GlennK, are you talking about where they set up a filter on a stand and hand-pour the hot water that slowly runs through grounds? I've had this a few times and enjoy it. A local Starbucks actually did this for me when they stopped brewing their bold later in the day.
Something like that. The machine is pretty cool looking and it takes about 10 mins to make because it drips so slowly.
quote:
Originally posted by PurpleHaze:
quote:
Originally posted by Board-O:
bill, that's how I mkae my coffee every morning. I grind the beans and pour them in a filter and pour boiling water through them.


Try letting the water sit for a bit after boiling, Board-O. Ideally, 195-200 degrees is perfect for extracting the maximum flavor from your fresh ground coffee. I bet you'll notice a difference.

PH


I've tried different temps and I prefer boiling. Steam, which is hotter than 212, is used for espresso. I don't think the grounds can be scalded by boiking water.
quote:
Originally posted by Board-O:
I've tried different temps and I prefer boiling.

To each their own.....said the lady who kissed the cow. Wink

Steam, which is hotter than 212, is used for espresso.

Only in early espresso makers, and now only in lower end units. Pump espresso makers, in addition to using higher pressure which yields better extraction, rarely use temperatures over 205.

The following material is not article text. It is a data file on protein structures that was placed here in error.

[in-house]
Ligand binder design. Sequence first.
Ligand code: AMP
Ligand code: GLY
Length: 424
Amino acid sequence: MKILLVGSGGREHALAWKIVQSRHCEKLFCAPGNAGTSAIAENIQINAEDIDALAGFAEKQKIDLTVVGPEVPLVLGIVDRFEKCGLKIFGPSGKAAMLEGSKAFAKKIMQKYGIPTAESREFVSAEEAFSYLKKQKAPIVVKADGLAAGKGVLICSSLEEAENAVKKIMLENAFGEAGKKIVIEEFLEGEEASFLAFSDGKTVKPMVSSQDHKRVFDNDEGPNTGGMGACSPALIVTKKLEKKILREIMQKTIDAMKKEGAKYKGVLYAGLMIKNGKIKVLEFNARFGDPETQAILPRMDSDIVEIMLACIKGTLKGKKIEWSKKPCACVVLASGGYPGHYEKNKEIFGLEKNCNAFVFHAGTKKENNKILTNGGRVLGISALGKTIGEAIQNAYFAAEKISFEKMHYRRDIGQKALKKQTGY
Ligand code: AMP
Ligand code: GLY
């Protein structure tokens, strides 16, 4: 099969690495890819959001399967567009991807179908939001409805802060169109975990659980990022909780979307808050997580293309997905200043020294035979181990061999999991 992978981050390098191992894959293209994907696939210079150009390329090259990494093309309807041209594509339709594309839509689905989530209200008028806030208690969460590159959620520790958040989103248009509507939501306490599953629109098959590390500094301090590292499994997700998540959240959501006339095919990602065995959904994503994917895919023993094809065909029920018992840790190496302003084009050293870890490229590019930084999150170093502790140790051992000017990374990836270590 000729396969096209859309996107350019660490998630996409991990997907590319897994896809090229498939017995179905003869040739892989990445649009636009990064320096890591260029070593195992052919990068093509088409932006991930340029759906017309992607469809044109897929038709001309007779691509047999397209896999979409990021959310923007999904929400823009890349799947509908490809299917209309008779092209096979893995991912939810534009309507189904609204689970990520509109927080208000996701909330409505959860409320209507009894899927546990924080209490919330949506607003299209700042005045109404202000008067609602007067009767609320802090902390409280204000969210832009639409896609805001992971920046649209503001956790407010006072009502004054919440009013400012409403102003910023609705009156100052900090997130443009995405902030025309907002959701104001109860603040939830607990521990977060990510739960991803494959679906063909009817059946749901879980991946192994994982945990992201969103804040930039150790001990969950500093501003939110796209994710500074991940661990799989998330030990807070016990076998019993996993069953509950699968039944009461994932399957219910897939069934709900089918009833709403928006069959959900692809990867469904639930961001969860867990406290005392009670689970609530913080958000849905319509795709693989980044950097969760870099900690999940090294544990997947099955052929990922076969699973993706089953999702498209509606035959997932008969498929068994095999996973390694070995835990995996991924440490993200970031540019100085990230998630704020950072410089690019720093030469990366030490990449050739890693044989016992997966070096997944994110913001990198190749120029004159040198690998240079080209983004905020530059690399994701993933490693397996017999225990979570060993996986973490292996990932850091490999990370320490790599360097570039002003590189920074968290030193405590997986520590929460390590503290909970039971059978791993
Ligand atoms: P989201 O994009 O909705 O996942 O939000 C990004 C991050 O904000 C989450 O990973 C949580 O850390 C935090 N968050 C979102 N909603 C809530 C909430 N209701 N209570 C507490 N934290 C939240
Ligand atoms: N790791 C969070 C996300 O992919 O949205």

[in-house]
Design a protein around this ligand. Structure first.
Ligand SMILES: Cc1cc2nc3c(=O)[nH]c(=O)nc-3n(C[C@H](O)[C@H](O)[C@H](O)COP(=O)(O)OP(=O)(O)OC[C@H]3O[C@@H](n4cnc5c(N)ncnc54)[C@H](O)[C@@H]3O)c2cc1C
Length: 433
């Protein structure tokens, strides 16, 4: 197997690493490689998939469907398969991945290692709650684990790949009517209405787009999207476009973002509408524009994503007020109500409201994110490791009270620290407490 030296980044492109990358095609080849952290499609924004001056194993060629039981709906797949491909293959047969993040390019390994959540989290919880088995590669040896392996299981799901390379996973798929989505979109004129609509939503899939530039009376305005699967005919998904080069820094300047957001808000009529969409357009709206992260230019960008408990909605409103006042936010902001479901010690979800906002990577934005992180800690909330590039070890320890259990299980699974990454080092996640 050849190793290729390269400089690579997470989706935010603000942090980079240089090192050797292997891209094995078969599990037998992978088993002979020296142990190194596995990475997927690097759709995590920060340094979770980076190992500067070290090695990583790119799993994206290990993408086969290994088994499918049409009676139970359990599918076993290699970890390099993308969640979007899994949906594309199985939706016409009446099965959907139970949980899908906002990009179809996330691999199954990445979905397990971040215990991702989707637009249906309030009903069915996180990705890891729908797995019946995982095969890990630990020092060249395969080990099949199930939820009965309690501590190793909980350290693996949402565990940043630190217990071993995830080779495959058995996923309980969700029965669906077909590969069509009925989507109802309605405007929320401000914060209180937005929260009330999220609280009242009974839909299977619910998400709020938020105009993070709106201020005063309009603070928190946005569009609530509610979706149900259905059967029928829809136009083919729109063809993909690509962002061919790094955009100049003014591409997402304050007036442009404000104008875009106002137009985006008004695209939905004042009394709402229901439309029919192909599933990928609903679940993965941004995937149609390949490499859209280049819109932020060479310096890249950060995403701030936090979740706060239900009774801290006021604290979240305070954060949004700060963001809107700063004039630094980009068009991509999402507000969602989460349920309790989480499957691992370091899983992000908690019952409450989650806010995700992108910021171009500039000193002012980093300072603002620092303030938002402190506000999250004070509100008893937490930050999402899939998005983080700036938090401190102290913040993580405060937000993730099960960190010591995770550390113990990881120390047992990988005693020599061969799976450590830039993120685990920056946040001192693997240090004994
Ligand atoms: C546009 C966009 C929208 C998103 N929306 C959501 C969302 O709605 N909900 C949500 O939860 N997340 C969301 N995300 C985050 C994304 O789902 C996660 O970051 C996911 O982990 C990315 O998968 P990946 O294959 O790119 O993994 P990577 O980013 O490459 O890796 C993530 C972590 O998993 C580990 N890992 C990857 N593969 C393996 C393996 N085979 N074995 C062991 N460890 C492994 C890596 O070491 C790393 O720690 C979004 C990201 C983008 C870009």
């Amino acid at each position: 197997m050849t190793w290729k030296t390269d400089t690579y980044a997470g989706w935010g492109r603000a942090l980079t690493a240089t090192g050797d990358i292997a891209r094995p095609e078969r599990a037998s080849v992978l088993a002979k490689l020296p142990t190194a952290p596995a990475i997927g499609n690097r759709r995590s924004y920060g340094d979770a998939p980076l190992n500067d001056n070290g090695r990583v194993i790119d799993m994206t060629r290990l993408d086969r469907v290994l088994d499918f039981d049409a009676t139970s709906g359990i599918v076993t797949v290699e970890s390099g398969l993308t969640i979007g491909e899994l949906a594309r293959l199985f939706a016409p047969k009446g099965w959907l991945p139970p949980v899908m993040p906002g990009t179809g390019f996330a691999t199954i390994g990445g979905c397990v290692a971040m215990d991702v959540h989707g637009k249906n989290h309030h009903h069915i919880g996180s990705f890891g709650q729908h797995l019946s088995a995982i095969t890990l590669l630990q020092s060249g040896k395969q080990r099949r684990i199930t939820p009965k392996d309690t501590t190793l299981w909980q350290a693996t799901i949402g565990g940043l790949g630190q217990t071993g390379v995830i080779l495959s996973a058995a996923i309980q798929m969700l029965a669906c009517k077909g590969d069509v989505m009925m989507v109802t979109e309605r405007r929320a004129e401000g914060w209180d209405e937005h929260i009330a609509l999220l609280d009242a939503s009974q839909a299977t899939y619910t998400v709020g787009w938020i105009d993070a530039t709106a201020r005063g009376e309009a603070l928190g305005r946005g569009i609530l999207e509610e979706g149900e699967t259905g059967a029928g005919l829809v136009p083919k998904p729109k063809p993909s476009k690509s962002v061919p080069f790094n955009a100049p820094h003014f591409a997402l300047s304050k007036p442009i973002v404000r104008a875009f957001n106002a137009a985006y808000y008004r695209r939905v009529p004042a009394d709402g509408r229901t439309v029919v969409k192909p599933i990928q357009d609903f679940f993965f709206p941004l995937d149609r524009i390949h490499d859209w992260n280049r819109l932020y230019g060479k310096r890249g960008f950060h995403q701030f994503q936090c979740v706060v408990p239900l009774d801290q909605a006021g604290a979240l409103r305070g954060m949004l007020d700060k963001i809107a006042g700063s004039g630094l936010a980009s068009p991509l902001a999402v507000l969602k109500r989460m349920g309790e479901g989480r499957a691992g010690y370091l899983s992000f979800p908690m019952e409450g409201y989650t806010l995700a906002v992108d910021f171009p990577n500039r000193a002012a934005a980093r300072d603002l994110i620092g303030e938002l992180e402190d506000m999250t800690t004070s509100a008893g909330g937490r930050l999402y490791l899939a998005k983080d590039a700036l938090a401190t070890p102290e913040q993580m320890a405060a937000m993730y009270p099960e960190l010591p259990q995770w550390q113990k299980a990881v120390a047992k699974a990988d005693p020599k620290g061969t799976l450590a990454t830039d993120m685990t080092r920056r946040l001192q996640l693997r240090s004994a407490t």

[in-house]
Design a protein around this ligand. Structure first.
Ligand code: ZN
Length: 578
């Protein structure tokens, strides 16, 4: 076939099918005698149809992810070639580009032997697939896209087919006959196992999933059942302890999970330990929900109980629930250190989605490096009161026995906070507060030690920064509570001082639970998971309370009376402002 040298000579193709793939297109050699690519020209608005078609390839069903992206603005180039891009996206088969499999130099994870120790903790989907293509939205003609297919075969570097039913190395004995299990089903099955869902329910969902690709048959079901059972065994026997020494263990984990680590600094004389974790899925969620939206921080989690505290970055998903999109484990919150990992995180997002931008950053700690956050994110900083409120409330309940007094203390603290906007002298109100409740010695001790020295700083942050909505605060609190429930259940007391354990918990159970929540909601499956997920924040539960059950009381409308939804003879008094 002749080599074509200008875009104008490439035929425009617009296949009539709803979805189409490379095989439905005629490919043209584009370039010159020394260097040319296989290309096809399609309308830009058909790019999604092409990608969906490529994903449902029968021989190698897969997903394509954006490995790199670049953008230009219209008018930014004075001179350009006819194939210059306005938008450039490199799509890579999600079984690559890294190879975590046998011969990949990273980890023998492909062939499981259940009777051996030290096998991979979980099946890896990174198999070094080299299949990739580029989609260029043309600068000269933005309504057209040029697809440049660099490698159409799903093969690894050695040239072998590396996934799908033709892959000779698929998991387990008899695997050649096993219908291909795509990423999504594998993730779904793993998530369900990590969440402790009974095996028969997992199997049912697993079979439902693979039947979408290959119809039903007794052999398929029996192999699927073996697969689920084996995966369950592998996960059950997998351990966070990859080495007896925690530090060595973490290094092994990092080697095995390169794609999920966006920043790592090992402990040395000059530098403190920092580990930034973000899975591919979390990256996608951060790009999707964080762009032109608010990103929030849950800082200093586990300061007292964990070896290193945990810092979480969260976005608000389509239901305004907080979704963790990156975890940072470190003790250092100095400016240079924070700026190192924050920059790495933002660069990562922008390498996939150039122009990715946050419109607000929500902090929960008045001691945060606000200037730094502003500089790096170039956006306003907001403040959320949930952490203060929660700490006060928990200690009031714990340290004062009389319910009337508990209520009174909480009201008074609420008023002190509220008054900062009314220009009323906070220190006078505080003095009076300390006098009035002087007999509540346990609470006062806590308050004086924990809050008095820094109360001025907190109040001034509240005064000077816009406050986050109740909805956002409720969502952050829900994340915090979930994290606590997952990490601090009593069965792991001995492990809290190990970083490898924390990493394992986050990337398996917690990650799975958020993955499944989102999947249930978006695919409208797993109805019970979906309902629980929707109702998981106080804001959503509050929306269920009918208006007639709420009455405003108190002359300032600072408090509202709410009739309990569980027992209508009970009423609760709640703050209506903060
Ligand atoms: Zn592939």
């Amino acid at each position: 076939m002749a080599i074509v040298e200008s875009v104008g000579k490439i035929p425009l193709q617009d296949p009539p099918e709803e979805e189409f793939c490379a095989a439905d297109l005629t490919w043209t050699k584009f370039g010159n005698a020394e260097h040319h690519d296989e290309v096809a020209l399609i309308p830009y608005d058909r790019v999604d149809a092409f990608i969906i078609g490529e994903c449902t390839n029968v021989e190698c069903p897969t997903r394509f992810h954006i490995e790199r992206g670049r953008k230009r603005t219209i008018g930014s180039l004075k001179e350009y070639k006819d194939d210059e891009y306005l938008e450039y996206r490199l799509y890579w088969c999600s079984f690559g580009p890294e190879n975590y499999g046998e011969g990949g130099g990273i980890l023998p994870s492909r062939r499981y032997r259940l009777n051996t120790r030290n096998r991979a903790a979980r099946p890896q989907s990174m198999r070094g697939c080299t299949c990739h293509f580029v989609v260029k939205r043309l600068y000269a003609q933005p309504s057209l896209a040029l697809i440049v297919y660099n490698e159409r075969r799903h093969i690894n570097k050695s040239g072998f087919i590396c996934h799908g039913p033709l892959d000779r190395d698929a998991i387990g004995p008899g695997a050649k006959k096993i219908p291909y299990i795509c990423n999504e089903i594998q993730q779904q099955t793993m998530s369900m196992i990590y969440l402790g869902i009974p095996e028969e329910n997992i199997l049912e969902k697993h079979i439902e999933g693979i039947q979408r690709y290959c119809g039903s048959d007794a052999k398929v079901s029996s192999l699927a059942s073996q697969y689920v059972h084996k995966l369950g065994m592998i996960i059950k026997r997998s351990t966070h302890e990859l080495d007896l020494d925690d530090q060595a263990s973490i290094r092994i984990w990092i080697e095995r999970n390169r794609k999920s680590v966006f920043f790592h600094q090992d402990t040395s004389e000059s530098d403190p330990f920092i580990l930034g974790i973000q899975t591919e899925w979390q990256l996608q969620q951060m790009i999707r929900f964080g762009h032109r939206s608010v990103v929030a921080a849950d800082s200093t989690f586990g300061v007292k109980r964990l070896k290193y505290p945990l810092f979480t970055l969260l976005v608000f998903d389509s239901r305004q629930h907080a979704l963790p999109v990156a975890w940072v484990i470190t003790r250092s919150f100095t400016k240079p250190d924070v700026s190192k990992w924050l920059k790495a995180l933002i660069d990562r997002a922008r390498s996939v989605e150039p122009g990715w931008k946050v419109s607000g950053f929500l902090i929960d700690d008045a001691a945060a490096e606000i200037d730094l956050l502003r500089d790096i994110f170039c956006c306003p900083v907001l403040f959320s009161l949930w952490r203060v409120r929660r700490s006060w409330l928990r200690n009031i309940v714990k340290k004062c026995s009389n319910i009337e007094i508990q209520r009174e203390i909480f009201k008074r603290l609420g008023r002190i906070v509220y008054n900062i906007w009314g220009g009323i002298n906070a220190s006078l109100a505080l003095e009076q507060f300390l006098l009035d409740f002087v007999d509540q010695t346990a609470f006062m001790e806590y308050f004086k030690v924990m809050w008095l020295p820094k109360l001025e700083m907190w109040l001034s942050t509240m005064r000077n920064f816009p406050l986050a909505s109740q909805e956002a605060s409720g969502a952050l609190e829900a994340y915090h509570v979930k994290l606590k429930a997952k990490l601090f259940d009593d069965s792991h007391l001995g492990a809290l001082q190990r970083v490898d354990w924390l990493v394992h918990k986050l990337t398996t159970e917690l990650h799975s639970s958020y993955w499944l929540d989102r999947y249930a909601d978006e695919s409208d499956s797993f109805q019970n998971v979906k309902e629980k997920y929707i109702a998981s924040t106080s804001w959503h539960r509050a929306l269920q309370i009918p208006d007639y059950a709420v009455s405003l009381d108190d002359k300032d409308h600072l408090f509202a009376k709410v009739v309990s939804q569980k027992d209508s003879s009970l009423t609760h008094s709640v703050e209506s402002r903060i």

I don't think the grounds can be scalded by boiking water.

I'm not sure about boiking.... Eek But in the case of boiling water you are incorrect on this one. 212 is way too hot, and does result in the loss of essential flavor components. This effect, to my taste, is more apparent in less dark roasts - but is noticeable to me across the specta of roasts.


PH
If and when I am able to get more of the Echo Mountain coffee from Mexico, I'll send you some. I'll be interested in your opinion. I get about 5 pounds once every year or two. It's been over a year since I was able to get any. They don't normally ship to the US, but an American who visits occasionally sends me some. It's my favorite.
quote:
Originally posted by PurpleHaze:
quote:
Originally posted by Board-O:
I'll do a side-by-side Sunday morning.


Sounds like a good morning to do it. Cool
Give Yergcheffe (Ethiopia) or Huehuetenango (Guatemala) a run sometime. VERY flavorful coffees, done right, and not weak tasting at all. Lots of coffee flavor but less intense. More complex.

PH


How do you pronounce Yergcheffe and Huehuetenango? Particularly when you first get up and haven't had a first cup?